A statistical look at Harvey vs. deGrom in playoffs
By Andrew Simon
With five off-days in between their sweep of the Cubs in the National League Championship Series and the start of the World Series on Tuesday night, the Mets had the freedom to line up their starting rotation in at least a few different ways.
On Saturday, Mets manager Terry Collins revealed his choice, as Matt Harvey will get the assignment against the Royals in Game 1 at Kauffman Stadium (7:30 p.m. ET air time on FOX, 8 p.m. game time). Jacob deGrom goes in Wednesday's Game 2, followed by rookies Noah Syndergaard and Steven Matz in Games 3 and 4, respectively, back at Citi Field on Friday and Saturday.
That order came as something of a surprise. The Mets had Harvey's supposed innings limit to deal with late this season, and they chose deGrom to open the best-of-five NL Division Series against the Dodgers, slotting Harvey in for Game 3 to limit him to one start.
deGrom also was New York's best pitcher over the course of the season, finishing fourth in the NL in ERA (2.54) and FIP (2.70), fifth in strikeout-to-walk ratio (5.4) and sixth in FanGraphs.com's wins above replacement (5.2). On the other hand, Harvey wasn't far behind him in any of those categories, and Collins had other factors to consider as well.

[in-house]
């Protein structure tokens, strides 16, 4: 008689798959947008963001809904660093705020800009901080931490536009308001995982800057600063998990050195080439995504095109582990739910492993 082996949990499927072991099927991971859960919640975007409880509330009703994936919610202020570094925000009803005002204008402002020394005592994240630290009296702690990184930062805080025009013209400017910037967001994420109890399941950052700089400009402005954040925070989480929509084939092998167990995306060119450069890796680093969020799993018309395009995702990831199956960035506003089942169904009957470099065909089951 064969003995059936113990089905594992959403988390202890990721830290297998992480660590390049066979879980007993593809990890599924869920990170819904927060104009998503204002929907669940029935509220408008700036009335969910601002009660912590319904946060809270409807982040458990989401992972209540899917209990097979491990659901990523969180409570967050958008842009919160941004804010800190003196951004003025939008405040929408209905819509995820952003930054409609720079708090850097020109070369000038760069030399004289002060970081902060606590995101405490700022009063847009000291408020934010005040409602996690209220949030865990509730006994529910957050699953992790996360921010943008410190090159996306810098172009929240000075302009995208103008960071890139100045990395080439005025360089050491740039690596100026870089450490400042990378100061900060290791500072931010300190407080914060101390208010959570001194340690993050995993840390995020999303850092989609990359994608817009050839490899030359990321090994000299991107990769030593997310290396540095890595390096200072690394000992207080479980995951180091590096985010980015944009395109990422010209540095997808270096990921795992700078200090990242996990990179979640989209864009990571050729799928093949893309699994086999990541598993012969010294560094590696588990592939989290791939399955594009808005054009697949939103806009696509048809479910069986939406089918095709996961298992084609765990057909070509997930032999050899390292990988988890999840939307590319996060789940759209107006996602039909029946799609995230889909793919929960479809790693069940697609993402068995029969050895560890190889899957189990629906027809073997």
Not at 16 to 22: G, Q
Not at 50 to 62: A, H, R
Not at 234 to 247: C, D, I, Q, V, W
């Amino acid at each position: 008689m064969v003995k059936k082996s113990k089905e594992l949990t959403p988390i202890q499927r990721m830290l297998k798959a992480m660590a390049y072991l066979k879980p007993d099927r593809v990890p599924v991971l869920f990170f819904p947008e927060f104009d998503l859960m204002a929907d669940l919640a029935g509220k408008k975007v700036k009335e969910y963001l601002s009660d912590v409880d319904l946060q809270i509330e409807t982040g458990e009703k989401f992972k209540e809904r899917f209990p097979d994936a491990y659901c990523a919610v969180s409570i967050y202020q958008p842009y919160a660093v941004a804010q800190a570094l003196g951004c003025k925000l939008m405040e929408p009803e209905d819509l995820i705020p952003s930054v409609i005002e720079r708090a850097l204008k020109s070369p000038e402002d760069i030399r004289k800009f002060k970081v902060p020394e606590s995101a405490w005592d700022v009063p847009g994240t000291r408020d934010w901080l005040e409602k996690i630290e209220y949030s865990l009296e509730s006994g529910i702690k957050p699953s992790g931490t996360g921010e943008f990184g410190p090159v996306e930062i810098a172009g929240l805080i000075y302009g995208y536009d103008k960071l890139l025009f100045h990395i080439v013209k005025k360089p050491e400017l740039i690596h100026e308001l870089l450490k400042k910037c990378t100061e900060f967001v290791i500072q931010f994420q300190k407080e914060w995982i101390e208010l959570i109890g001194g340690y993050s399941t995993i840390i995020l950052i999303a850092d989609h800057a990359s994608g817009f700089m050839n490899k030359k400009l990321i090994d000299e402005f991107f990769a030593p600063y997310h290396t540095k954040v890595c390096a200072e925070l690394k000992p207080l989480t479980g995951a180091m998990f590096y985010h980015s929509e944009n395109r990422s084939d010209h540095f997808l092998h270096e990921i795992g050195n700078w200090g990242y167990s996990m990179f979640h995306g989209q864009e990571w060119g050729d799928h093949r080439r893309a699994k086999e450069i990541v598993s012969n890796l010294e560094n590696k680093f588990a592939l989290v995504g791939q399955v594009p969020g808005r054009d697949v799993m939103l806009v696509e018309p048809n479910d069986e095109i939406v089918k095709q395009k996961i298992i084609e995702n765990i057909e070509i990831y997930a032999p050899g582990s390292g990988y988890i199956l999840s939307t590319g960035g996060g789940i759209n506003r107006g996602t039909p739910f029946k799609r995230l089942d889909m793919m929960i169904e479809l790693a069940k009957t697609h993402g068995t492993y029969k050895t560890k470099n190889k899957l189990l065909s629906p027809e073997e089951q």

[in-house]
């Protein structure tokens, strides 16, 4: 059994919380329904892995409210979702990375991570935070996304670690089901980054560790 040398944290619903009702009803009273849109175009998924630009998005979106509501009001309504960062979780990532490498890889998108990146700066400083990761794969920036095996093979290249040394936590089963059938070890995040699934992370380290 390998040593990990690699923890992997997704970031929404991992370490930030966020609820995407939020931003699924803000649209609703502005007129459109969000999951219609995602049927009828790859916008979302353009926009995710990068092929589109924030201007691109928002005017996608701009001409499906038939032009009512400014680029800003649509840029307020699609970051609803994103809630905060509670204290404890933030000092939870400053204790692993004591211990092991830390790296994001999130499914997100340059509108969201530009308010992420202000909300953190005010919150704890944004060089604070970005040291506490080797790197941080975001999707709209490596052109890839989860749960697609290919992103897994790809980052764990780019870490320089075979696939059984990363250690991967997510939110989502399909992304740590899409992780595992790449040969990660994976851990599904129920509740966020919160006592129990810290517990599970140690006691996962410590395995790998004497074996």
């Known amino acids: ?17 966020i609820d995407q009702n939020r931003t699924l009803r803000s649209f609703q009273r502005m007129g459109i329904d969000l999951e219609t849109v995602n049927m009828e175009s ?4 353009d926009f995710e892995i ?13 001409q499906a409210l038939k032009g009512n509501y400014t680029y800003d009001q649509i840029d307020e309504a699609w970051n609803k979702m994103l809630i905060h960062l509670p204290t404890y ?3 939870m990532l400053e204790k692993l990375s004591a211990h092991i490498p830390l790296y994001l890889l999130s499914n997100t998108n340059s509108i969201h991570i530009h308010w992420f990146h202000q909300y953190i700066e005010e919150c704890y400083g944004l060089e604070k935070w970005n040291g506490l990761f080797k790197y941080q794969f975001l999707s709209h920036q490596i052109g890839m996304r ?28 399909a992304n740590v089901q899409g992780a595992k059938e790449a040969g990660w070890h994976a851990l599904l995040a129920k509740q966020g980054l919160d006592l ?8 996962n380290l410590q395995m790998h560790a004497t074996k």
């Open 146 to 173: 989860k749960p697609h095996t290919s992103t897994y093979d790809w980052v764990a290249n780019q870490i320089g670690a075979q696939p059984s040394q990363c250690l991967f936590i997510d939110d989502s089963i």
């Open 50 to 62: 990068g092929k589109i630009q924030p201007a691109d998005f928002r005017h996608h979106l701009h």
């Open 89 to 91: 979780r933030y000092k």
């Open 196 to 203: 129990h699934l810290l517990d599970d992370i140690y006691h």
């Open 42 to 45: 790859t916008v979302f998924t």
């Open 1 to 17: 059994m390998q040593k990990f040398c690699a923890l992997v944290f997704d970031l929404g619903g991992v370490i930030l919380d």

"Matt was going to pitch next," Collins said. "I didn't want to give him five more extra days if I could help it. I thought, obviously, Jake could use an extra day."
deGrom has made one more start than Harvey this postseason, throwing 7 1/3 more innings and 132 more pitches. Meanwhile, Harvey comes in with an additional three days of rest, going back to his outing in Game 1 of the NLCS on Oct. 17.
With those differing workloads in mind, here is a look at how the two have compared in some other areas this postseason.
deGrom came out throwing gas in Game 1 of the NLDS, hitting 98 mph several times in the opening frame. He averaged almost 97 mph with his fastball over seven scoreless innings, in which he allowed five hits, walked one and struck out 13. It was one of his hardest-throwing outings this season.
However, deGrom's velocity slipped in his last two starts, even as he remained effective (13 innings, 10 hits, four runs). In Game 3 of the NLCS, he averaged "only" 95.3 mph with his heater, though that's still roughly equal to his season average.
Harvey followed a similar pattern. In his start against the Dodgers, he threw both his four-seamer and two-seamer at a touch over 96 mph, right in line with his average. Against the Cubs, his four-seamer dipped to 95.0 mph and his two-seamer to 94.3. Yet Harvey also enjoyed more success, striking out nine over 7 2/3 strong innings.
Neither pitcher has been wild. In Game 1 of the NLDS, deGrom's only walk was intentional, and in the two starts since, he issued a total of four unintentional free passes over 13 innings. In each of his three postseason outings, his strike rate ranged between 64 and 67.5 percent, a bit below his regular-season rate of 68.6 percent, which ranked sixth in the Majors.
One area in which deGrom slipped in Game 3 of the NLCS was first-pitch strikes. In his first two playoff outings, he threw them 71.7 percent of the time (not counting an intentional pass), above his regular-season mark of 68.6 percent. But against the Cubs, he started 16 of 26 batters (61.5 percent) with a strike, tied for his seventh-lowest rate this year.